It’s also one of the cases where I believe that AP power output needs to exceed user power output if the power output of the AP is a fixed value. How much is going to take a lot of testing and analysis of many little details to get this right. What might work better at one AP might not work as well 400’ down the street. A good wireless engineer is going to be able to make some educated guesses when he checks out each AP as it’s installed to get a starting point. I also know that some of the more expensive APs analyze some of this data real-time. Few or none of them can deal with all these variables at once or even have algorithms that take into account group variables to find mean averages. Most of them deal with the problem on a user-by-user connection analysis. In a hot-spot with a general LOS environment, that’s fine. In a suburban jungle environment, it takes some firmware packet analysis features I would like to see implemented that I haven’t heard discussed anywhere yet.
In many cases there is also more vegetation between the houses and more solid walls between the AP and the front of the house. This is also where a vector analysis (see, there’s that word again) of the AP placement comes in handy in relation to the housing /yard layouts. This can be used to an advantage when determining which light pole to put an AP on and is why engineers need to see where every AP goes. Relying only on design software is like putting all your search engine needs in the hands of Siri and you have an Irish brogue.
Ahh, but what about the other direction? Sure, our super-duper AP at the street shows more APs popping up than a box of Orville Redenbacher. But that signal level, -80dbm from many of them, means that you can simply ignore them. How you say? I’m glad you asked. There is a setting on many of the newer APs that lets you set a sensitivity level of the minimum received signal strength of a received signal. Basically it’s a squelch control. That means if you set the street AP to -70dBm minimum signal, then the AP won’t even acknowledge that the client exists. It’s kind of like a poor man’s Rogue Access point detection and ignore.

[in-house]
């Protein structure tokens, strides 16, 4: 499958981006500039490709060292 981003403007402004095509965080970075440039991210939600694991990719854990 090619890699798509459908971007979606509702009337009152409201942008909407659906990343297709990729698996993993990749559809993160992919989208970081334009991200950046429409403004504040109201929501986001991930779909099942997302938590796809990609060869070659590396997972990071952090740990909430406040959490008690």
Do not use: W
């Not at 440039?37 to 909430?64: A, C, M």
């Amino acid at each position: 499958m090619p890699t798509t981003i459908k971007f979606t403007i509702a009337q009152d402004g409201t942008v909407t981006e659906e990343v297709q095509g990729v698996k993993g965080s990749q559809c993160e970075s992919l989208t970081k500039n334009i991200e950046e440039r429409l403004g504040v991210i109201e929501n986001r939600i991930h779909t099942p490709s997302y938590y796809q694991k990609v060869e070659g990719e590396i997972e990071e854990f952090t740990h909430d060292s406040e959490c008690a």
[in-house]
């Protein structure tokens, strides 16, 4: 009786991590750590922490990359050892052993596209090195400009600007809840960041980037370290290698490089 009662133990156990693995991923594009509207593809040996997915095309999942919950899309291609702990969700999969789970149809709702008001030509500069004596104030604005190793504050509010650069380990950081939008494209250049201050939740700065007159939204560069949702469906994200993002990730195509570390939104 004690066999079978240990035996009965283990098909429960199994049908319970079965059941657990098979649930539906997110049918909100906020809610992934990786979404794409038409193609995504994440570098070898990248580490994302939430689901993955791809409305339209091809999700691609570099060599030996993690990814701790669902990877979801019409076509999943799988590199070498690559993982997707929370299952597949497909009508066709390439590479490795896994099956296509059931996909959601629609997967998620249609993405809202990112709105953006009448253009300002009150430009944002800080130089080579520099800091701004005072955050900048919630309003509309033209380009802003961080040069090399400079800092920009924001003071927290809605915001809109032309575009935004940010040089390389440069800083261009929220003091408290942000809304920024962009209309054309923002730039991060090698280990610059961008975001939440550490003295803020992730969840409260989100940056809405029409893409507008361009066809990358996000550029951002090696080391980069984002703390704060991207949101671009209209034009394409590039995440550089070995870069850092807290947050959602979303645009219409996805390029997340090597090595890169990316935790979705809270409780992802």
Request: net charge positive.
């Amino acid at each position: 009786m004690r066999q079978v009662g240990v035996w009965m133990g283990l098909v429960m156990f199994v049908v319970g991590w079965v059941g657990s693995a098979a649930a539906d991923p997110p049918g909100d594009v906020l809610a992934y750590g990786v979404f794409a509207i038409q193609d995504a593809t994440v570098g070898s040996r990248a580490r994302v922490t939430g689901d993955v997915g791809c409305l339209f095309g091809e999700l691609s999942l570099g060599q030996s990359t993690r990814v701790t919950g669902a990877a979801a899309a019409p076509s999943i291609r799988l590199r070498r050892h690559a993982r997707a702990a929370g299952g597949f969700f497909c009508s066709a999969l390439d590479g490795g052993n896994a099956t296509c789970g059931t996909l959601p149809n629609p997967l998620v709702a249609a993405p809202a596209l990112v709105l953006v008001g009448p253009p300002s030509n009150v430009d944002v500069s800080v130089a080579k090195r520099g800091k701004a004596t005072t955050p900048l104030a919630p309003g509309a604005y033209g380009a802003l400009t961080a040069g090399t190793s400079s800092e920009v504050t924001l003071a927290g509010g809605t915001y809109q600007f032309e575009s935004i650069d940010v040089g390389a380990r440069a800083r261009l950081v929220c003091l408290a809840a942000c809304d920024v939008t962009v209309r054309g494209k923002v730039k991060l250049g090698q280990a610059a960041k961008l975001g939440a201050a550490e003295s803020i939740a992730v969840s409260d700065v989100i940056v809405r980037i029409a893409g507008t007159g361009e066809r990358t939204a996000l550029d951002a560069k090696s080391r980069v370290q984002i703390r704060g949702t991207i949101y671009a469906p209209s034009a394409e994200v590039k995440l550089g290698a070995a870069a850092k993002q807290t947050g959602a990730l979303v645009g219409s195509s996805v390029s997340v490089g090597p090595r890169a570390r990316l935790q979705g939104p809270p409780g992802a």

Another option is the Fragmentation Threshold value. By default, many APs use 2347 as the number of bytes to send as a group. Assuming a high noise figure, the longer the packet size, the better chance it gets interrupted and requires a re-transmit. Setting that number to something smaller gives a better chanced that the packet gets through at the cost of total throughput. Normally this is set as a fixed value at an AP for all users that connect, but it should be something that is dynamic for each user.
Ahh, but the noise might still be some ungodly number. Actually, the noise may or may not be as high as you think is. In reality, it’s probably even higher than what the radio thinks it is. Most 802.11n radios only display the signal noise level on bits they are actually able to decode. That may not include analog signals or frequency hopping packet traffic that isn’t compatible, thus not included in the analysis. That isn’t the case for every product and Ubiquiti radios have a full blown signal analyzer built in to their M products call AirView. If you plan on deploying Ubiquiti equipment, learn it, live it, love it. In fact, it’s not a bad idea to place a few of them around any network area just for sniffing purposes. As cheap as they are, a few Picostation M’s dropped in strategic high-density areas can be used to provide real-time monitoring of noise without having to take an AP down. Using the waterfall features in the AirView will also let you determine patterns of the noise to help find a better channel.
If you still can’t get past the noise problem, then you will have outgrown the basic Guerilla System and need to move upwards toward a higher end S.P.I.R.I.T. system with a multi-radio sector design, or some beam-forming type of product with a higher gain and better side/back lobe rejection . Be forewarned that your price projections just went up by a factor of 3-10 times or more per AP when this happens. What’s cool is that not every AP needs this type of capacity so it can be evaluated individually, thus saving money for more hot dogs and HoHo’s.